x Abu Dhabi, UAESunday 21 January 2018

Sharjah shooting competition finalists target Dh30,000

The nation's top 20 qualifiers are gunning for glory in the final of this year's National Day 9mm Shooting Competition at Sharjah Golf and Shooting Club.

Raja Khalid, left, and Zainab Akhlaqi participate in a shooting competition organised by the Sharjah Golf and Shooting Club. Satish Kumar / The National
Raja Khalid, left, and Zainab Akhlaqi participate in a shooting competition organised by the Sharjah Golf and Shooting Club. Satish Kumar / The National

SHARJAH // When the final shell hits the ground and the smoke has cleared, someone will walk away with Dh30,000.

At the Sharjah Golf and Shooting Club, 20 of the country's sharpest shooters will be aiming for first prize tonight in the National Day 9mm Shooting Competition 2010.

Over two days last week, 53 mavericks tried their luck in the qualifying rounds. The top 20 made it through to tonight's final. The score to beat was 149 out of 180.

When Baiju Noorudeen, the competition's adjudicator, calls for the finalists to fill their magazines, the bulletproof shooting gallery will, for a minute, fall silent as the competitors load their weapons.

He will call them to attention, then count down from three. After a whistle, the game will be on. The competitors will cock their guns and clear their minds.

Among them will be Zainab Akhlaqi, a 33-year-old officer in the Sharjah Police. "When I see the target, I zone in on it," she said. "I then take a proper aim and put my finger on the trigger."

Holding her breath, she pulls the trigger. The piercing bang of the shot is stifled by earmuffs, but still registers a strong bass thud. The empty brass shell case ricochets off the wall and rolls across the floor.

She releases her breath and takes aim again. Ten seconds or so after the first shot, she fires her second. Under the bright fluorescent lights of the indoor range, she empties her six-shell clip in 90 seconds.

After each clip - each competitor shoots off four in total, including one for practice - the targets are drawn back in and changed.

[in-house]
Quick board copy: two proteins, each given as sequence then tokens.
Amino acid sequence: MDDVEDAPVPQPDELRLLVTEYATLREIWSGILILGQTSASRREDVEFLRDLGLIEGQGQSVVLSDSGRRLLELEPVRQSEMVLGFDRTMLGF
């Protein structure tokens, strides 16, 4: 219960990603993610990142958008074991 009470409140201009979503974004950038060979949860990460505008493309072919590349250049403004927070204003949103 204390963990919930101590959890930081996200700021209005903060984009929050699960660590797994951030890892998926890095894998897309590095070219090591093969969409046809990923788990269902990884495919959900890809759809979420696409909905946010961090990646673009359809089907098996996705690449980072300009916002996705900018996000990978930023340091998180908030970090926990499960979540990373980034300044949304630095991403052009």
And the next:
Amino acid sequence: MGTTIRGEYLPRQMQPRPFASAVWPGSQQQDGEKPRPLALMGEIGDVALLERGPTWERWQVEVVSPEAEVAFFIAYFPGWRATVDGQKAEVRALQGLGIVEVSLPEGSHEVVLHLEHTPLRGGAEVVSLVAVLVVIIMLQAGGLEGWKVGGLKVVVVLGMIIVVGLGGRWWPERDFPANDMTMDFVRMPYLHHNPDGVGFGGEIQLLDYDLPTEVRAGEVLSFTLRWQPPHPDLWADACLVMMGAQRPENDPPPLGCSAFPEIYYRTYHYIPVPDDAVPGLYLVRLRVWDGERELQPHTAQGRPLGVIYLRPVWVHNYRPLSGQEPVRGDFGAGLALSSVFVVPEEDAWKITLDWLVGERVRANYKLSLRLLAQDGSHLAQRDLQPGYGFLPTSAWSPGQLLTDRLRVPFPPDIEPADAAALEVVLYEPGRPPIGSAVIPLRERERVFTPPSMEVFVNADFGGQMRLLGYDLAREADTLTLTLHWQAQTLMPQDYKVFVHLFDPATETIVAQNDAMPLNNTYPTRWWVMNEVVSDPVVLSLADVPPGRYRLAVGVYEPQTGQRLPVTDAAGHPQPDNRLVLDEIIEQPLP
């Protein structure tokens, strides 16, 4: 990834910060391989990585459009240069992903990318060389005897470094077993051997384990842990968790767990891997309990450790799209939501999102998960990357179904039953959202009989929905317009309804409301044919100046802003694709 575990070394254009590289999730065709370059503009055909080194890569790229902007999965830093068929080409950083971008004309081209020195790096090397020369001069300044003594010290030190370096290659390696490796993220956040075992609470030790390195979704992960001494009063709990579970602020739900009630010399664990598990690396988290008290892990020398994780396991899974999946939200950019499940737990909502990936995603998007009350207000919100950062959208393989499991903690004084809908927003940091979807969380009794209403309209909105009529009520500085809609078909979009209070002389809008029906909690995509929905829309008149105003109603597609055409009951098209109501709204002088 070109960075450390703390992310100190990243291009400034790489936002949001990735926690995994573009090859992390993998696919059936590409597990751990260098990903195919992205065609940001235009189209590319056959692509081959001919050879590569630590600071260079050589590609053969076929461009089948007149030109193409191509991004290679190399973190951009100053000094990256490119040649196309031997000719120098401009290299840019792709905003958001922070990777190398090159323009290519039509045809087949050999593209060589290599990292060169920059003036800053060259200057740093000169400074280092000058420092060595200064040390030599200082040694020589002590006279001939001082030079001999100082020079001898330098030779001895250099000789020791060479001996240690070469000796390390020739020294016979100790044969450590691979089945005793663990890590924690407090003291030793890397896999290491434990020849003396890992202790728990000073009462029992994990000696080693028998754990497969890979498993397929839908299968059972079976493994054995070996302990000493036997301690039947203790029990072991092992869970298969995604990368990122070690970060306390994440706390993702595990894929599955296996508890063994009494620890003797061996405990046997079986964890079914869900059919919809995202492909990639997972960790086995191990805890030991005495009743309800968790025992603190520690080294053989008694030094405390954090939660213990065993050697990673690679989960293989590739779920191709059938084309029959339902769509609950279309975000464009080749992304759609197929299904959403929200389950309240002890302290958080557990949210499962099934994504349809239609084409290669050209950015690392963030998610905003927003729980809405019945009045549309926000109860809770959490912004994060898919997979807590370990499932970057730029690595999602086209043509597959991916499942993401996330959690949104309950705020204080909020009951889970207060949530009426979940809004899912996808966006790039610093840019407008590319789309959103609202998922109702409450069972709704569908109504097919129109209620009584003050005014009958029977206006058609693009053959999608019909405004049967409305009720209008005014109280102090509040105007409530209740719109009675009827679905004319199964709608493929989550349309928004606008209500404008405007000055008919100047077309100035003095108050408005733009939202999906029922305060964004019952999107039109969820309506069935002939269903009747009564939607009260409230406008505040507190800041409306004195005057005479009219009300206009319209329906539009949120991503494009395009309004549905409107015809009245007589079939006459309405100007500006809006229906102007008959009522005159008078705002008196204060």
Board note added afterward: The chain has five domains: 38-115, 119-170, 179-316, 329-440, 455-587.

Col Hassan al Shehhi at Sharjah Police, the head of the jury committee, decides on any close calls - if a hole is on the line between two scoring sections.

"The standard of Sharjah's shooting is high," he says. "Most of the shooters in Sharjah Police first graduated from here."

Last year, the men won the Ministry of Interior's shooting competition, with the women's squad coming in second.

Ms al Akhlaqi was one of two women who qualified last week for tonight's finals. Her colleague and friend, Raja Khalid, missed out by just one point.

Ms Khalid, a 26-year-old emergency nurse trainer in Sharjah Police, remembers the first time she shot a gun, a 9mm SIG Sauer, seven years ago. "I was shaking like hell," she says. "I thought, to myself, what was that?"

Now, she says, she practises all the time. "After the first time, it is really hard to let the feeling it gives you go."

Also, adds Ms al Akhlaqi, letting off a few rounds "is good for stress".

Ms Khalid said the right gun can make all the difference: "Sometimes when you change the gun, it's different. Every gun has its own target. When you change gun you never get a good score, especially when you change it on the day of the competition.

"Sometimes it is just about luck. But a lot of it is up here," she says, tapping her head.